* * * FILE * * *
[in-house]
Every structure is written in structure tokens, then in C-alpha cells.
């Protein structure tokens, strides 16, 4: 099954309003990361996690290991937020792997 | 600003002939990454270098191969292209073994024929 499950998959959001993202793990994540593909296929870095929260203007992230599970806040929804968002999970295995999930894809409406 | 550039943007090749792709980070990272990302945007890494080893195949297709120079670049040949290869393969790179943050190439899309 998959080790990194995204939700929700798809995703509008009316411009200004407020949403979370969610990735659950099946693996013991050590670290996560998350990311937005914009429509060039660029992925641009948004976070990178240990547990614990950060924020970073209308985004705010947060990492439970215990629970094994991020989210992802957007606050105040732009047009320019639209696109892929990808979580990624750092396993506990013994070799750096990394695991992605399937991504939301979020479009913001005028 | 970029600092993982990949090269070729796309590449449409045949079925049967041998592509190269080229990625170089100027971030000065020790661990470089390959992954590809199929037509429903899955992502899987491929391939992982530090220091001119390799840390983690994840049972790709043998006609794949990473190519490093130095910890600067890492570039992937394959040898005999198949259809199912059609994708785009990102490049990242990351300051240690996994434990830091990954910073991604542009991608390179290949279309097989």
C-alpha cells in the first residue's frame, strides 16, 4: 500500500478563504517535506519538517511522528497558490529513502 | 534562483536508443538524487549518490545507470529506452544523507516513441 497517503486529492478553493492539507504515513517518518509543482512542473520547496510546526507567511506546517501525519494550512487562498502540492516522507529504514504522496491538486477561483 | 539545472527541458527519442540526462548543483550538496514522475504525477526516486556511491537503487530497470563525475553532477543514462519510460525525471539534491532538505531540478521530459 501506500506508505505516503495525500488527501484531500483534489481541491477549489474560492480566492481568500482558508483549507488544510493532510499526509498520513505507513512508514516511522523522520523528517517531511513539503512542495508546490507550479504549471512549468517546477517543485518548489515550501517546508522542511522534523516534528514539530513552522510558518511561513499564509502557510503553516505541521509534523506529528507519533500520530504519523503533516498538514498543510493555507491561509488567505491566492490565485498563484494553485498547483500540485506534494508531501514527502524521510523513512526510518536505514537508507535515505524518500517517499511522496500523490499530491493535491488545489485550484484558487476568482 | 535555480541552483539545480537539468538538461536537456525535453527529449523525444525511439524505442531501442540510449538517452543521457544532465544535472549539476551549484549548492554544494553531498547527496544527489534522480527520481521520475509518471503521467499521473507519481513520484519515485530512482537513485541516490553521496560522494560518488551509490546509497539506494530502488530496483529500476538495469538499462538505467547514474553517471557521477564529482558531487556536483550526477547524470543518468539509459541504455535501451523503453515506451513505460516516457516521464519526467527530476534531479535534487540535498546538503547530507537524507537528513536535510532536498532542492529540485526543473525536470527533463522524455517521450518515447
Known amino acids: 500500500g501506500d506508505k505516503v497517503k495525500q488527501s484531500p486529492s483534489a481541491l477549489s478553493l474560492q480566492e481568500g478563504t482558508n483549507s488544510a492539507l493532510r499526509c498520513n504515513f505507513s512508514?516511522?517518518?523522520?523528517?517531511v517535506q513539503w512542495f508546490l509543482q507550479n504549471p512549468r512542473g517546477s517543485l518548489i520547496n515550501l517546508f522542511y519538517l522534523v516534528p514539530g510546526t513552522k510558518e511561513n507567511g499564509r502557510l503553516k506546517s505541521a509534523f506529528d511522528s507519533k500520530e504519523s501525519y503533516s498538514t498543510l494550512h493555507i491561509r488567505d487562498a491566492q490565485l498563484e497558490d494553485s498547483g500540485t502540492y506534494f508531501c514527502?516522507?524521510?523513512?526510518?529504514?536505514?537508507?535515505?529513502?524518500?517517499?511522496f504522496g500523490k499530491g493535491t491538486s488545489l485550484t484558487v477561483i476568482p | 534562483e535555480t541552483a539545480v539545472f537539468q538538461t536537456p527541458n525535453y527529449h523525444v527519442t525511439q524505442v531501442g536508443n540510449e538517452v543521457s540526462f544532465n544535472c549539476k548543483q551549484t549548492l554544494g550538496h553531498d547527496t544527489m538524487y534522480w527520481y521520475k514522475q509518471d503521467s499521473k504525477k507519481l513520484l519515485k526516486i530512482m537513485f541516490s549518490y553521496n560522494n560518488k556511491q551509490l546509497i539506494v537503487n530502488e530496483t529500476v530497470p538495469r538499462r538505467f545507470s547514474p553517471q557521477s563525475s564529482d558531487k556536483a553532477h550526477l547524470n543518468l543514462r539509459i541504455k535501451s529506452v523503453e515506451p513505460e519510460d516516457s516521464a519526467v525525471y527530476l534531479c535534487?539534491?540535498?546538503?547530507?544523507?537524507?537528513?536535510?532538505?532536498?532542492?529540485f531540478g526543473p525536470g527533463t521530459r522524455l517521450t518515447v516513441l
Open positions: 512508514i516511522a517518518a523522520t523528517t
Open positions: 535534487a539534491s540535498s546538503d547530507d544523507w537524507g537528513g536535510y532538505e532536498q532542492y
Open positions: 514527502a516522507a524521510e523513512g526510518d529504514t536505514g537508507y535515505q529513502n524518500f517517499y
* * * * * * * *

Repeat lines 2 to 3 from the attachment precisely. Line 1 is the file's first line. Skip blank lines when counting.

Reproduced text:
Every structure is written in structure tokens, then in C-alpha cells.
């Protein structure tokens, strides 16, 4: 099954309003990361996690290991937020792997 | 600003002939990454270098191969292209073994024929 499950998959959001993202793990994540593909296929870095929260203007992230599970806040929804968002999970295995999930894809409406 | 550039943007090749792709980070990272990302945007890494080893195949297709120079670049040949290869393969790179943050190439899309 998959080790990194995204939700929700798809995703509008009316411009200004407020949403979370969610990735659950099946693996013991050590670290996560998350990311937005914009429509060039660029992925641009948004976070990178240990547990614990950060924020970073209308985004705010947060990492439970215990629970094994991020989210992802957007606050105040732009047009320019639209696109892929990808979580990624750092396993506990013994070799750096990394695991992605399937991504939301979020479009913001005028 | 970029600092993982990949090269070729796309590449449409045949079925049967041998592509190269080229990625170089100027971030000065020790661990470089390959992954590809199929037509429903899955992502899987491929391939992982530090220091001119390799840390983690994840049972790709043998006609794949990473190519490093130095910890600067890492570039992937394959040898005999198949259809199912059609994708785009990102490049990242990351300051240690996994434990830091990954910073991604542009991608390179290949279309097989």